The Indian Space Research Organisation’s (ISRO) workhorse rocket PSLV-C48 blasted off from the first launch pad of the Satish Dhawan Space Centre at Sriharikota in Andhra Pradesh on Wednesday, carrying India’s radar imaging earth observation satellite RISAT-2BR1 and nine foreign satellites.
- All satellites, including RISAT-2BR1, placed in orbit
- Customer satellites from the US, Israel, Italy, Japan
- Launch vehicle took off at 3.25 pm
With clear skies in the background, the 44.4-metre tall rocket lifted off majestically at 3.25 pm.
Incidentally, the launch marks a significant milestone for the space agency as it is the 50th flight of PSLV and the 75th vehicle mission from Sriharikota.
The 628-kg satellite is meant for applications in various fields like agriculture, forestry and disaster management support. It would also serve military purposes, ISRO sources said.
Six satellites are from the United States and one each from Italy, Japan and Israel.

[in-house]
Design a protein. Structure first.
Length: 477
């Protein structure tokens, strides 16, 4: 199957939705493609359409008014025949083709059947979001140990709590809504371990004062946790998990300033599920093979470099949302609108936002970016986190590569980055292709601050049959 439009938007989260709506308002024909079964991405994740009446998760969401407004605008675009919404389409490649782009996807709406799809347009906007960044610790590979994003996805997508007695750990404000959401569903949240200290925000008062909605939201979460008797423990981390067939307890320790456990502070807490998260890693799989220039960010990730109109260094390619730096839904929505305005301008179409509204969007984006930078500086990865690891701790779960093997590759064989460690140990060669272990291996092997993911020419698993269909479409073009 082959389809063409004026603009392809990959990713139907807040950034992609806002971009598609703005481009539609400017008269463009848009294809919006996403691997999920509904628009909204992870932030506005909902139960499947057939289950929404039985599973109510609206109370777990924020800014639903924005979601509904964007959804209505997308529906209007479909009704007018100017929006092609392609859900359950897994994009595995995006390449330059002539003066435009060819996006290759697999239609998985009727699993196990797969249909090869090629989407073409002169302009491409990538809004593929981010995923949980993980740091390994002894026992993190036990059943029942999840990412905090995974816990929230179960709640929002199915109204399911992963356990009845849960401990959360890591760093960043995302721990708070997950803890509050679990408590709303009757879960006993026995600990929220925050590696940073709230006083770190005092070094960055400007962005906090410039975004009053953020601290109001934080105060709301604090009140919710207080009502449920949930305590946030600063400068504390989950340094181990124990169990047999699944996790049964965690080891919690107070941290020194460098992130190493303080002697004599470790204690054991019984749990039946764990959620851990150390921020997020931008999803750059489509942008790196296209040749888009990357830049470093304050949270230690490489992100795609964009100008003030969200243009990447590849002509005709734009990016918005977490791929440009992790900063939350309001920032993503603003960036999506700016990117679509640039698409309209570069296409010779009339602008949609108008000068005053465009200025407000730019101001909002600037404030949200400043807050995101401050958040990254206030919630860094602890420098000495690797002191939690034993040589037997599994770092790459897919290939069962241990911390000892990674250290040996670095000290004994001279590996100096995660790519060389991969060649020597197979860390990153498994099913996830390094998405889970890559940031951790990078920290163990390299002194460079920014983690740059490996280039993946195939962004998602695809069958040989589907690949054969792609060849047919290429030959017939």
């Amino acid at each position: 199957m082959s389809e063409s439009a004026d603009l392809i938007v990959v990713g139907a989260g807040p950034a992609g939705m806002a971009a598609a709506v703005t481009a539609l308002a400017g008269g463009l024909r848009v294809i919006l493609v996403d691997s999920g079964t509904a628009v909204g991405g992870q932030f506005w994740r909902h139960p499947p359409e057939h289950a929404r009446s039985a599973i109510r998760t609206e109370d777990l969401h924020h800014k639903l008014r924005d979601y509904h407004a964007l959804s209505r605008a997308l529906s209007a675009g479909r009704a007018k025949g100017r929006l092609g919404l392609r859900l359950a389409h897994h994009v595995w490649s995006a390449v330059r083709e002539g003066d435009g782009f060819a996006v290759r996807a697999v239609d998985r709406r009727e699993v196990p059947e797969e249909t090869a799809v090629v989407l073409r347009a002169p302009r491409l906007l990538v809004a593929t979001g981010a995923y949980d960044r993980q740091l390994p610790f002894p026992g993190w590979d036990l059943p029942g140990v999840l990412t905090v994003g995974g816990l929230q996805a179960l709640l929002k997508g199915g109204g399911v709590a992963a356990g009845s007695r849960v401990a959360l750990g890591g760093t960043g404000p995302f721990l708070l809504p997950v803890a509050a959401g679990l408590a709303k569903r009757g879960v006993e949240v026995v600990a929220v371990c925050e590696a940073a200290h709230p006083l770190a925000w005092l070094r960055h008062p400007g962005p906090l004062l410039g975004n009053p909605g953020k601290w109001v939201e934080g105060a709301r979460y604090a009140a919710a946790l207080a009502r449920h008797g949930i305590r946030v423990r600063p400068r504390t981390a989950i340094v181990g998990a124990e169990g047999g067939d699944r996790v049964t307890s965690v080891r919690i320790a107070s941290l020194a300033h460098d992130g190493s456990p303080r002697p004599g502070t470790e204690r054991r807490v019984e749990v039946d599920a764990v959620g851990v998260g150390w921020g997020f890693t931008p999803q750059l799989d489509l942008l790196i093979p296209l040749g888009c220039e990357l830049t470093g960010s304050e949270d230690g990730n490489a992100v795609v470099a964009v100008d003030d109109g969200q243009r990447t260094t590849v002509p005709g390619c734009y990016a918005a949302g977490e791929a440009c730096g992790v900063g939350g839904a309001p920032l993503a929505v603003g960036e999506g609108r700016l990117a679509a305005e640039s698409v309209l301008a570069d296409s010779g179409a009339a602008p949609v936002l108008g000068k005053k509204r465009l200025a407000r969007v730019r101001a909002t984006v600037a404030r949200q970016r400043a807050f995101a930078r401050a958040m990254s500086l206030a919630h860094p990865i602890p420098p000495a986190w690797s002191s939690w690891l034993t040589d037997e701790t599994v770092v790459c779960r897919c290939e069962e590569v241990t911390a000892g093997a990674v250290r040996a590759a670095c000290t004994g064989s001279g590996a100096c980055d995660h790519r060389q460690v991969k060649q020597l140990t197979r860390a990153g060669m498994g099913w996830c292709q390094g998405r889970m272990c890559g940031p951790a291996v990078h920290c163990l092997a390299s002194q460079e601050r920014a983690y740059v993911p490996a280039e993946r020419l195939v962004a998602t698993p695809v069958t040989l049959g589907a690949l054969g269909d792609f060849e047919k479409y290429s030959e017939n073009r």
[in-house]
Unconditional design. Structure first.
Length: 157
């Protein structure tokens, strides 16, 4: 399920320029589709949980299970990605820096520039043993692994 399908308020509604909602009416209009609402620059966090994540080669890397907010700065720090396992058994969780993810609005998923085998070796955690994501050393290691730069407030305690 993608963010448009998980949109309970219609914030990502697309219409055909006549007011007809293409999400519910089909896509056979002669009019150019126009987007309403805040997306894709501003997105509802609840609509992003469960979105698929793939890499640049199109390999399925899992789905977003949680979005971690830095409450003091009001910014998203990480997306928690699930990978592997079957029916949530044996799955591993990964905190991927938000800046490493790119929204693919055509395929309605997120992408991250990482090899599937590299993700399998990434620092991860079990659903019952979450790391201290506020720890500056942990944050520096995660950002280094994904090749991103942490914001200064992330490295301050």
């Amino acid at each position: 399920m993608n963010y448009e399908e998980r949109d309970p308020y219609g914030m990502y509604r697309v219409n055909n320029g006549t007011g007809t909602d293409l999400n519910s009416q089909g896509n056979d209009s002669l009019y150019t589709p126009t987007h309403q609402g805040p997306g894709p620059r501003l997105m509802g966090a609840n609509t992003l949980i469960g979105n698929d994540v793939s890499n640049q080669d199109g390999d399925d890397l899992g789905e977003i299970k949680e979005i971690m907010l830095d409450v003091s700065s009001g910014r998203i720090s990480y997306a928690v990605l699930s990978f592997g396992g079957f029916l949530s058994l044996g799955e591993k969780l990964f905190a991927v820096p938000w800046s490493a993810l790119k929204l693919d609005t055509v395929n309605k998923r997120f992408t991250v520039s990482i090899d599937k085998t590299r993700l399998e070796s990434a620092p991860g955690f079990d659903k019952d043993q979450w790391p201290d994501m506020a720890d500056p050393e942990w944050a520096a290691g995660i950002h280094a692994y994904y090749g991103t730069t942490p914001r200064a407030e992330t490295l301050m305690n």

Before the launch of RISAT (Remote Imaging Satellite), India relied on images provided by Canadian satellites as the current domestic remote sensing spacecraft are not equipped to capture images of the earth during cloud cover.
The space agency said the satellites are being launched under a commercial arrangement with NewSpace India Ltd. The mission life of RISAT2-BR1 is five years, ISRO said. RISAT-2BR1 follows the successful launch of RISAT-2B on May 22. This is the second satellite in the RISAT-2B series and two more satellites are expected to be launched by the ISRO in coming days to complete a quartet of these “spy satellites”.
By March 2020, ISRO has planned to launch 13 space missions, including the successful CARTOSAT-3 launch and Wednesday’s scheduled RISAT-2BR1 launch. ISRO is also all set to launch its most ambitious space mission yet – the Gaganyaan project under which the ISRO will attempt to send three Indians to space on an Indian spacecraft.